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December 3 2021 3:39 AM ˚
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Clash of wills keeps Leonardo artwork hidden

PAINTING MYSTERY 2 (4)
The Louvre in Paris, December 4, 2020. The Louvre inspected the “Salvator Mundi” and certified it as the work of Leonardo da Vinci. (Photo: NYTimes)
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French curators had worked for a decade to prepare a major exhibition marking the 500th anniversary of the death of Leonardo da Vinci. When it opened, though, the most talked-about painting they had planned to show — “Salvator Mundi,” the most expensive work ever sold at auction — was nowhere to be seen.اضافة اعلان

Plucked from shabby obscurity at a New Orleans estate sale, the painting had been sold in 2017 as a rediscovered “lost” Leonardo and fetched more than $450 million from an anonymous bidder who kept it hidden from view. The chance to see it at the Louvre museum’s anniversary show two years later had created a sensation in the international art world, and its absence whipped up a storm of new questions.

Had the Louvre concluded that the painting was not actually the work of Leonardo, as a vocal handful of scholars had insisted? Had the buyer — reported to be Saudi Arabia’s Crown Prince Mohammed bin Salman, although he had never acknowledged it — declined to include it in the show for fear of public scrutiny? The tantalizing notion that the brash Saudi prince might have gambled a fortune on a fraud had already inspired a cottage industry of books, documentaries, art world gossip columns, and even a proposed Broadway musical.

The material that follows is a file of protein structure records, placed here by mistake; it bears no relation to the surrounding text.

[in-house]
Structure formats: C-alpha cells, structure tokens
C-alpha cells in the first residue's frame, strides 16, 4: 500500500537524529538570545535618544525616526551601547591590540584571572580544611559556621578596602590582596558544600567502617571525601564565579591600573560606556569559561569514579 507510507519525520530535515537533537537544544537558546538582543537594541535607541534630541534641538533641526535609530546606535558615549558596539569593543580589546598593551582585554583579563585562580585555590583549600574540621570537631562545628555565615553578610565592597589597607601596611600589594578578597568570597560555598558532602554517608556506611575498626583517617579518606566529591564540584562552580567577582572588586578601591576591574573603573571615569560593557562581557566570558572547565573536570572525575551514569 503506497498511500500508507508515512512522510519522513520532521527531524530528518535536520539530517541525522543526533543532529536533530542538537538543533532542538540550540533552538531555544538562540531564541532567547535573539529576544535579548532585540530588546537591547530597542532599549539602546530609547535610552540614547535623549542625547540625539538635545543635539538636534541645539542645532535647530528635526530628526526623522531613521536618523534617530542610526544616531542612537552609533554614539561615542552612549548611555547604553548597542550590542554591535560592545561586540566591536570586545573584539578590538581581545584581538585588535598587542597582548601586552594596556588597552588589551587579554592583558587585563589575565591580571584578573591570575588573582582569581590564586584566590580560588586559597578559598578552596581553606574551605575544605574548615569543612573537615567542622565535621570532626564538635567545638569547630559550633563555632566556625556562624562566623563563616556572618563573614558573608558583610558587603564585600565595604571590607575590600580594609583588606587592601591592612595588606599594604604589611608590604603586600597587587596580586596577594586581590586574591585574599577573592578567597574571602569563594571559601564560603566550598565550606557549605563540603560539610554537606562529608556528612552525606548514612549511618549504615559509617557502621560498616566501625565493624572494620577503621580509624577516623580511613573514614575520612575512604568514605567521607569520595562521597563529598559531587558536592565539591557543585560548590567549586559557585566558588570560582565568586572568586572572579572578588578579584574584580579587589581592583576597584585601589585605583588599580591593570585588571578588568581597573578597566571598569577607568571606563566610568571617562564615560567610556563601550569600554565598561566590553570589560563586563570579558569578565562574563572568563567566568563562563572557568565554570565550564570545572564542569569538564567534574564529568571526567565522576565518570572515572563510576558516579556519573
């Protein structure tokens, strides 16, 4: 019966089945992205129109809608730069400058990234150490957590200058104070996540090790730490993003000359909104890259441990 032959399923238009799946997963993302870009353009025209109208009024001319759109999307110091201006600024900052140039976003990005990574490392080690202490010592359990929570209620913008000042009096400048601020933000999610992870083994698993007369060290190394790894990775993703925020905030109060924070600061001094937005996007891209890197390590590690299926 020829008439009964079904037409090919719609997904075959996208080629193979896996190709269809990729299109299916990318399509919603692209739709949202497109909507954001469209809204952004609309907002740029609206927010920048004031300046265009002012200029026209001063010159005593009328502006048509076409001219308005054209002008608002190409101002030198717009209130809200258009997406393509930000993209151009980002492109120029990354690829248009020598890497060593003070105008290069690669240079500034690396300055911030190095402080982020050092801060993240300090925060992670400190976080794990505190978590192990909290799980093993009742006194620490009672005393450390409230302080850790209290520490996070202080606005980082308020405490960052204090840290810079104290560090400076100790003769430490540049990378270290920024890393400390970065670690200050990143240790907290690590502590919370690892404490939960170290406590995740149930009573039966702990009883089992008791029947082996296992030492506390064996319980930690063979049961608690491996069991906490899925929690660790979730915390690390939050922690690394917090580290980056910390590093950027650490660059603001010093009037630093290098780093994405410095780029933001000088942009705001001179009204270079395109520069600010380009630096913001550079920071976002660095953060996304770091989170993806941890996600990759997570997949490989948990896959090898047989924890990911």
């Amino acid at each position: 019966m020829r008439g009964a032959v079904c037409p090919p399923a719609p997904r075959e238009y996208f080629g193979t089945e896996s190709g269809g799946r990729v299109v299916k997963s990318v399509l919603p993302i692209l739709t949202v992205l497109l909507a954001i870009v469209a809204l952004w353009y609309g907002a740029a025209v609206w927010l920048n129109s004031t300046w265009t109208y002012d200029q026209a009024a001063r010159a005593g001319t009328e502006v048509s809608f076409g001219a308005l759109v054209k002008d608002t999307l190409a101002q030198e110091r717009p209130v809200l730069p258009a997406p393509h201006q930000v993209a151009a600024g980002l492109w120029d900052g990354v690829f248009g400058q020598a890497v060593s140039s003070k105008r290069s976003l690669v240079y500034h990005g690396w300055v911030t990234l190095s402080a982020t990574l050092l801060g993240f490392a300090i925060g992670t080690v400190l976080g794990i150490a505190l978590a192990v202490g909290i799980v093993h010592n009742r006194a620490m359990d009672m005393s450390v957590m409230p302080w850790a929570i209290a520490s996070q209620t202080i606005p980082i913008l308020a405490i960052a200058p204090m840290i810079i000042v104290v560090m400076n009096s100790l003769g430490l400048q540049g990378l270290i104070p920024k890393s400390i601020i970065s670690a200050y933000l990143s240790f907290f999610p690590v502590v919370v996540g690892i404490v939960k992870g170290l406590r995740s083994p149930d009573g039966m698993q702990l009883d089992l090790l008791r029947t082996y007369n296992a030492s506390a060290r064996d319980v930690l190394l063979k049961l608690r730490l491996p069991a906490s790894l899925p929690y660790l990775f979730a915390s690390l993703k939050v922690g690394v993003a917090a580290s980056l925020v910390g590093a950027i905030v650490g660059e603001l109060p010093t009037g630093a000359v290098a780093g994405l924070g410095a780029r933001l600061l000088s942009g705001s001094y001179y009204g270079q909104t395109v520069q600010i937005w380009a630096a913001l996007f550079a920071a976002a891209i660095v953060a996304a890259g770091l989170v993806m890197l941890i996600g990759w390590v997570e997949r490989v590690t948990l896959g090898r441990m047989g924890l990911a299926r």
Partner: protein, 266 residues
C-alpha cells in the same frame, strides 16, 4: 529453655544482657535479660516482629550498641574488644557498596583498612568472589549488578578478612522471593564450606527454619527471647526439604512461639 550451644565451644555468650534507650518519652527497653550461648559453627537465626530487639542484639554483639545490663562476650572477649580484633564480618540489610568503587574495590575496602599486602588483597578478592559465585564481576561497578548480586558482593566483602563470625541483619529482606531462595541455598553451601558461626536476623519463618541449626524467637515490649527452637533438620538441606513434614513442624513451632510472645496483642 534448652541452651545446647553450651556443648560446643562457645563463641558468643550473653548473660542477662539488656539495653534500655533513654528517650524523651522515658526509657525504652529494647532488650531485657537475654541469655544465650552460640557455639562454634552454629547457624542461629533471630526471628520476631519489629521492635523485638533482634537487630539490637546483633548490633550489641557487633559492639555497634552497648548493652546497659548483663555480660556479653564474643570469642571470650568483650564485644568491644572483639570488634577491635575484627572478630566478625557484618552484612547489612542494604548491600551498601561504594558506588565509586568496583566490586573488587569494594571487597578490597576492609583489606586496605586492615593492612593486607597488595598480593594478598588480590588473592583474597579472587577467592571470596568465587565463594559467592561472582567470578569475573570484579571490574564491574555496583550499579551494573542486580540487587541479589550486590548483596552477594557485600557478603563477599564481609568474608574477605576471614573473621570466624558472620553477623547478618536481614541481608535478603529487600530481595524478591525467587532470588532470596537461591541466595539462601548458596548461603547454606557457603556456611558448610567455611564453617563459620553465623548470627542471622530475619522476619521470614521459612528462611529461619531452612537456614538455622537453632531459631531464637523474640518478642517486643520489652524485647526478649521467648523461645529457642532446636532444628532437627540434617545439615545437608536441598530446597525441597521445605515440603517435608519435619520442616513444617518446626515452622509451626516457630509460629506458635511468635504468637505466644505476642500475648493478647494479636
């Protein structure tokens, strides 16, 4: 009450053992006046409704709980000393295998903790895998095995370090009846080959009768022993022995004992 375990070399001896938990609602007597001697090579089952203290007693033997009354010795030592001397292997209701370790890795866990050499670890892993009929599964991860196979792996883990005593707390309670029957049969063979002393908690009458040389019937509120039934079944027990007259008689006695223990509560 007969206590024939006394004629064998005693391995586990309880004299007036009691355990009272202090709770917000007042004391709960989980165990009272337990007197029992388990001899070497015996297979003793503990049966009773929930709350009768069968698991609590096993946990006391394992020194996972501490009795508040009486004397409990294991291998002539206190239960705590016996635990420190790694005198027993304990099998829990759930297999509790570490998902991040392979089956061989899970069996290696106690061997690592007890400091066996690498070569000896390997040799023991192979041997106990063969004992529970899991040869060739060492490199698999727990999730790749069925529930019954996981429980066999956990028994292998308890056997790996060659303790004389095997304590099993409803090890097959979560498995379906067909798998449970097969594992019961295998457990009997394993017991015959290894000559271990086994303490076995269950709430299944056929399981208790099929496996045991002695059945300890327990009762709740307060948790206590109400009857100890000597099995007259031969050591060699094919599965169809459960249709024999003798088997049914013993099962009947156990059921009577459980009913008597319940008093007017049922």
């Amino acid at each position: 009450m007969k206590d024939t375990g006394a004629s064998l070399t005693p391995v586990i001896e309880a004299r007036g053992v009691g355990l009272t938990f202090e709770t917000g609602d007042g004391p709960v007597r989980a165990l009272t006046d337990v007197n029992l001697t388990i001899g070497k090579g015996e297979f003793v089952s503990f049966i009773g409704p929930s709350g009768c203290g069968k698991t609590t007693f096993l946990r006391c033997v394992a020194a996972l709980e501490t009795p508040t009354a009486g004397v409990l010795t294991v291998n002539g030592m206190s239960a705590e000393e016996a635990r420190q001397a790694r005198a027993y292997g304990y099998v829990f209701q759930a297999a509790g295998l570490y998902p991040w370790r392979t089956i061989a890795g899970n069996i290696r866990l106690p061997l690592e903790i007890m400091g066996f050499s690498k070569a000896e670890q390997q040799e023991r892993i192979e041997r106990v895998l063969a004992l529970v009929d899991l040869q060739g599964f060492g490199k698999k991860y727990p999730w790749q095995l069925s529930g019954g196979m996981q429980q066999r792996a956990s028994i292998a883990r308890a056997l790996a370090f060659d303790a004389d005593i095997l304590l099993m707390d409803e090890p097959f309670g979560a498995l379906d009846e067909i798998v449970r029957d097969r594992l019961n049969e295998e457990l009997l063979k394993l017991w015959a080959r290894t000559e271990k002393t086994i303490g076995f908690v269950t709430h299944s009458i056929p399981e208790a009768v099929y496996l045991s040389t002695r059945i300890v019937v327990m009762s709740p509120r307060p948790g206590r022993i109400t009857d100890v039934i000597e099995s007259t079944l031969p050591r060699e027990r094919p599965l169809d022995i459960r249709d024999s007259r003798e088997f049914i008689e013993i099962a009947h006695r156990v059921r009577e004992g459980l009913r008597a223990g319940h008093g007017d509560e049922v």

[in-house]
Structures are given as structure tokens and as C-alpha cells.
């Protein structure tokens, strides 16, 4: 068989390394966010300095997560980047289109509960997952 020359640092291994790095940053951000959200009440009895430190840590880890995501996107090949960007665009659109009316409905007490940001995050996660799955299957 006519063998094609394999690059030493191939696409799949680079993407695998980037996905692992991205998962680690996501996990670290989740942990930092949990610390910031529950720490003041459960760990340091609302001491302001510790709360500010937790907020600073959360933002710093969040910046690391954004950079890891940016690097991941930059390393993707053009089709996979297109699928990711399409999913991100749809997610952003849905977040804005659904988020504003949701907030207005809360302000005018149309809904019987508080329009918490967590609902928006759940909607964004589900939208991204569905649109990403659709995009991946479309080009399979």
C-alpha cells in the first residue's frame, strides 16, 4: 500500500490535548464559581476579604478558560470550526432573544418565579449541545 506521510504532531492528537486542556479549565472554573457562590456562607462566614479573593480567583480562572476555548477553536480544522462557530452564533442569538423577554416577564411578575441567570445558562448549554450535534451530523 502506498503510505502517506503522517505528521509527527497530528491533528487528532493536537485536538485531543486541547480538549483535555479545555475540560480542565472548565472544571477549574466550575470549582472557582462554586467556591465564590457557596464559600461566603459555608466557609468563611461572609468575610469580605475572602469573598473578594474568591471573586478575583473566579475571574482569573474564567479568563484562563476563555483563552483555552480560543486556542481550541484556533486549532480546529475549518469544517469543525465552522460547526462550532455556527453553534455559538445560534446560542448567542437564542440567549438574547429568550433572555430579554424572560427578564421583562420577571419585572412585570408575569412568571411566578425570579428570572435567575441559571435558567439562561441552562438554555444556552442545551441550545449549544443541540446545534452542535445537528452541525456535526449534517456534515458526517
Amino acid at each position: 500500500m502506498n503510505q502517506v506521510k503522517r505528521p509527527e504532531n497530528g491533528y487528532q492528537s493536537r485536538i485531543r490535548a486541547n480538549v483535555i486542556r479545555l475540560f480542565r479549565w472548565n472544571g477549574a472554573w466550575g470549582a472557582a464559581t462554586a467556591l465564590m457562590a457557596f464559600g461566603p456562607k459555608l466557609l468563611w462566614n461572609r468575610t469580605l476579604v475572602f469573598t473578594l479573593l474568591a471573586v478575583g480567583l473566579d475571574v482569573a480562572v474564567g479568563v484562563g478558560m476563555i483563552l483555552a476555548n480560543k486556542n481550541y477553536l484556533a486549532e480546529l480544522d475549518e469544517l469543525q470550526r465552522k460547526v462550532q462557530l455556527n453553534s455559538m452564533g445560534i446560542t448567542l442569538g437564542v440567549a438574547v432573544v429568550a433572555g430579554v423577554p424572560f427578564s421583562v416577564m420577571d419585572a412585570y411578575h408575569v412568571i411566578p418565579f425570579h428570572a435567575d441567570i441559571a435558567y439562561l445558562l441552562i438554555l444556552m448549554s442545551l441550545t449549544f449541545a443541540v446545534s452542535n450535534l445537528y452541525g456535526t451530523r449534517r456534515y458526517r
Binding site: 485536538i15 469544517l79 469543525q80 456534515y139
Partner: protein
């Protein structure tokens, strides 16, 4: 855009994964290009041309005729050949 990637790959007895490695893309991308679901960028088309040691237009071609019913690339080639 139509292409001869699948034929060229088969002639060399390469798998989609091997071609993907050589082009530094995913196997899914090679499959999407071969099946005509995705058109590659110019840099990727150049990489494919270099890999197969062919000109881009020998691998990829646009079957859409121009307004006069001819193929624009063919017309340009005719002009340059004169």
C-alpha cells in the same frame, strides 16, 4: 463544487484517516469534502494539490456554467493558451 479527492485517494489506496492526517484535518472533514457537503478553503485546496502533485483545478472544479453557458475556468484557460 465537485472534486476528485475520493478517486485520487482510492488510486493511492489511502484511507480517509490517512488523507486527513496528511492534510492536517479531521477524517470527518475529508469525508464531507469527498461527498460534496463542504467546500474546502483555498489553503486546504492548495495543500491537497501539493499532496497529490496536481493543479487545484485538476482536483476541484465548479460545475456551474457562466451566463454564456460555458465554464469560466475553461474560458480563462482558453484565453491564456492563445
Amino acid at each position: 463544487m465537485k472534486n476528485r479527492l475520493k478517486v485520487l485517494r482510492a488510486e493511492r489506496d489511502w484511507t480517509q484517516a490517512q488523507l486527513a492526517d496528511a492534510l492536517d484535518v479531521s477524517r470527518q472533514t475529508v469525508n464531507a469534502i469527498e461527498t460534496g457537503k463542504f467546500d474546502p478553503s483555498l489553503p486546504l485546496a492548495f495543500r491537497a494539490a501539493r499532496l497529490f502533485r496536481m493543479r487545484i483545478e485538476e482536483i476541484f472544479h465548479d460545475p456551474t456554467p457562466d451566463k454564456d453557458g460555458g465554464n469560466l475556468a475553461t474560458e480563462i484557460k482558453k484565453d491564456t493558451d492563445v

None of that was true.

In fact, the crown prince had secretly shipped “Salvator Mundi” to the Louvre more than a year earlier, in 2018, according to several French officials and a confidential French report on its authenticity that was obtained by The New York Times. The report also states that the painting belongs to the Saudi Culture Ministry — something the Saudis have never acknowledged.

A team of French scientists subjected the unframed canvas to a weekslong forensic examination with some of the most advanced technology available to the art world, and in their undisclosed report they had pronounced, with more authority than any previous assessment, that the painting appeared to be the work of Leonardo’s own hand.

Yet the Saudis had withheld it nonetheless, for entirely different reasons: a disagreement over a Saudi demand that their painting of Jesus should hang next to “Mona Lisa,” several French officials said last week, speaking on condition of anonymity because the talks were confidential.

Far from a dispute about art scholarship, the withdrawal of the painting appears instead to have turned on questions of power and ego.

Dismissing those demands as irrational and unworkable, the French, in turn, refused to make public their own positive assessment of its authenticity.

And the resulting diplomatic standoff between the French and the Saudis has kept the painting out of sight as the cloud of intrigue around it continues to swell.

The Louvre curators had secretly prepared a glossy, magazine-style 46-page summary of the conclusions of their forensic examination of the painting. Its existence was first reported in March 2020 by Alison Cole of The Art Newspaper. Scanned copies of the confidential report became prized possessions among prominent Leonardo experts across the world, and The Times obtained multiple copies.

Experts at the Center for Research and Restoration of the Museums of France, an independent culture ministry institute, used fluorescent X-rays, infrared scans and digital cameras aimed through high-powered microscopes to match signature details of the materials and artistic techniques in “Salvator Mundi” with the Louvre’s other Leonardo masterpieces.

Traces of hidden painting under the visible layers, details in the locks of Christ’s hair, and the shade of bright vermilion used in the shadows all pointed to the hand of Leonardo, the report concluded.
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